Later re-released as "Miles Davis, Vol. 1", Blue Note
Critic Scott Yanow, in his essay "Hard Bop" (November 2010), writes: "The beginning of hard bop on record is difficult to determine since its development from bop was a gradual process. A good starting point is Miles Davis' Blue Note sessions of 1952-54; His Blue Note sides featured such important young hard bop stylists as altoist Jackie McLean (whose sound was much different than the cooler-toned Paul Desmond and Lee Konitz), tenor-saxophonist Sonny Rollins (a hard bop extension of Coleman Hawkins), trombonist J.J. Johnson, the highly influential pianist Horace Silver and drummer Art Blakey." In a Blue Note review Yanow continues that "Miles' recordings of 1951-1954 tend to be overlooked because of his erratic lifestyle of the period and because they predated his first classic quintet. Although he rarely recorded during this era, what he did document was often quite classic. The first session [May 9, 1952] features Davis in a sextet with trombonist J.J. Johnson, altoist Jackie McLean, pianist Gil Coggins, bassist Oscar Pettiford, and drummer Kenny Clarke; highlights include "Dear Old Stockholm," "Woody 'n' You," and interpretations of "Yesterdays" and "How Deep Is the Ocean."
Of particular interest for the Bohemia After Dark Project is the inclusion of the Oscar Pettiford tune "Chance It", a reworking of an obscure early bop chart he first recorded with a big band including Dizzy Gillespie on January 9, 1945 (same date as the first Manor recording of Salt Peanuts) under the title "Something for You" and later a feature for drummer Max Roach under the title "Max (is) Making Wax".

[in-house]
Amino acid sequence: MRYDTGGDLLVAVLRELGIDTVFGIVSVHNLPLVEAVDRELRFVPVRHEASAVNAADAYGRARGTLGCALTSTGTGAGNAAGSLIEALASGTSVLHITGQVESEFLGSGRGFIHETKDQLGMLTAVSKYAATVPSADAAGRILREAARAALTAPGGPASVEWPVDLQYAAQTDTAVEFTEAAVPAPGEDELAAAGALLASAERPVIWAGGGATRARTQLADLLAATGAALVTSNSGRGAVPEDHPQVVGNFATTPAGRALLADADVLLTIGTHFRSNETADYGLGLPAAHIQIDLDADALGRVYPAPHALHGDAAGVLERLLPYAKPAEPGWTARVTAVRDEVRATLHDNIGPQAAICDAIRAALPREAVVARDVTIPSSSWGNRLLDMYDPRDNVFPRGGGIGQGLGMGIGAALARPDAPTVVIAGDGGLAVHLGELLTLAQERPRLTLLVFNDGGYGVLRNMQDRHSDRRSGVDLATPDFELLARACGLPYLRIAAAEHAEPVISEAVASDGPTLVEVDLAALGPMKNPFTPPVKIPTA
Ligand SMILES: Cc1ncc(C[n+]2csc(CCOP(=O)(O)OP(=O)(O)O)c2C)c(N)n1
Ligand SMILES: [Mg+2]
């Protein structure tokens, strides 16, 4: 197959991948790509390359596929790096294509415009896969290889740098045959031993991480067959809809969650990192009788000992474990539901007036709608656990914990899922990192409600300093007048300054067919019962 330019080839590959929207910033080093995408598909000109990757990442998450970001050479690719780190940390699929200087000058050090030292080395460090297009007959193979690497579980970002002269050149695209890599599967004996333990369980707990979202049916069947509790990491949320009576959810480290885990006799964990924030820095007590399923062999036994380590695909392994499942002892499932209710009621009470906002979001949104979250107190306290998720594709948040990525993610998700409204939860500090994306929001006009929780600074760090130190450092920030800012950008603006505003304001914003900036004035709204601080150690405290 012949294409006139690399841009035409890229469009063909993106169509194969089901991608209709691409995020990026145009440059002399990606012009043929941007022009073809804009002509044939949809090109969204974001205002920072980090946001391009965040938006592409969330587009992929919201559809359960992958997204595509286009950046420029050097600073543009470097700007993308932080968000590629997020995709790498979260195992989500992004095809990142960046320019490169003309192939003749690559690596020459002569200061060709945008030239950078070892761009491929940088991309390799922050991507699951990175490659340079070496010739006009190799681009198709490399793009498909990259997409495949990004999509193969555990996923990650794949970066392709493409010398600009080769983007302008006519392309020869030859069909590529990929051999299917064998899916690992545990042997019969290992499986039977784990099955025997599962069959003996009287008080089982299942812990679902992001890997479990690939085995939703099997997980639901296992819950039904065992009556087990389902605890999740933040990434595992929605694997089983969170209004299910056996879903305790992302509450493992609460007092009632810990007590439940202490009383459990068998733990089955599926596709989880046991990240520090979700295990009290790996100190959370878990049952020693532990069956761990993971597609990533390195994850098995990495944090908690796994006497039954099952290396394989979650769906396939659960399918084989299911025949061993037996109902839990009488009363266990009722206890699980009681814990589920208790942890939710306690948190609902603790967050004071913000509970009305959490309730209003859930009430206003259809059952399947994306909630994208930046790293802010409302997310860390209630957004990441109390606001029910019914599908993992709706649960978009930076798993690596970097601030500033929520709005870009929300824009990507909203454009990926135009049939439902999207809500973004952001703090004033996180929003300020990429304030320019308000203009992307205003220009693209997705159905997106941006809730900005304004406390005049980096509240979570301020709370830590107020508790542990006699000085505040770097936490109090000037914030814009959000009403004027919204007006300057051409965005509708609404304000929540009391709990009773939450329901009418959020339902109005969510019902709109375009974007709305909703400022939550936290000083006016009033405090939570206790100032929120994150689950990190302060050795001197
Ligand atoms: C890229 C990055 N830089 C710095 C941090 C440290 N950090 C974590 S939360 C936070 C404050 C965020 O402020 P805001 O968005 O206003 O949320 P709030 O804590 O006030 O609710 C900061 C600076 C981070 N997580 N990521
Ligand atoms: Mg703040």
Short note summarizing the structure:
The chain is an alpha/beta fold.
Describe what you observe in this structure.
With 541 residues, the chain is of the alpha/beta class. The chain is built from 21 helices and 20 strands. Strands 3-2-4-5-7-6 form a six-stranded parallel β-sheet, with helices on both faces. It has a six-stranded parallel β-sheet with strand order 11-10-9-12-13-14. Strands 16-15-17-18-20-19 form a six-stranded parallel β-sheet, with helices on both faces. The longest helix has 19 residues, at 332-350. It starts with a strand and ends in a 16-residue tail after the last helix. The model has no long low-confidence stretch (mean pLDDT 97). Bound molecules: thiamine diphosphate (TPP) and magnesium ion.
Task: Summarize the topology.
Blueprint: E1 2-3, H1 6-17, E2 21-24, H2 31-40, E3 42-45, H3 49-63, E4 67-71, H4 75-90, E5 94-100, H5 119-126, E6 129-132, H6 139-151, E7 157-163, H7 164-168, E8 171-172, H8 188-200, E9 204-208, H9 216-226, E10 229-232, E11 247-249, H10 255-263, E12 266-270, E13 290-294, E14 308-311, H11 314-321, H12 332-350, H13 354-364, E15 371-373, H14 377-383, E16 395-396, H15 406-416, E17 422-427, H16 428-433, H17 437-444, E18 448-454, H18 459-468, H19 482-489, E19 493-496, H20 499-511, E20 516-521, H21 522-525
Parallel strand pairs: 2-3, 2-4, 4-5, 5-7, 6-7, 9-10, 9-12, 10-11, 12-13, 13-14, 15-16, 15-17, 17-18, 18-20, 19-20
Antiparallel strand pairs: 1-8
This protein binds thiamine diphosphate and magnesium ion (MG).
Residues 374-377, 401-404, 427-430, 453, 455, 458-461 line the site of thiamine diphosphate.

Despite the optimistic album title of the original release, 1952 otherwise marked a low point in Davis's career, being, according to Ian Carr (in "Miles Davis: A Critical Biography"), "an empty and miserable year for Miles", blighted in particular by a serious heroin addiction. In a career review of Miles written that year, Leonard Feather wrote: "one of the most influential of modern jazzmen, through his trumpet work and the school of orchestral bop started by his Capitol records, Miles in the past year has seen his career slip away from him while his imitators have been progressing". His fortunes revived in the following years and it is the later April 1953 and March 1954 Blue Note sessions (with Art Blakey) that are the more significant for the development of hard bop.
"Young Man with a Horn" (Blue Note)
Later re-released as part of Miles Davis Vol. 1 and Vol. 2 (Blue Note)
WOR Studios, NYC, May 9, 1952
Miles Davis, trumpet; Jay Jay Johnson, trombone; Jackie McLean, alto sax; "Gil" Coggins, piano; Oscar Pettiford, bass; Kenny Clarke, drums.
Tracks: Dear Old Stockholm; Chance It; Donna; Woody 'n' You; Yesterdays; How Deep is the Ocean.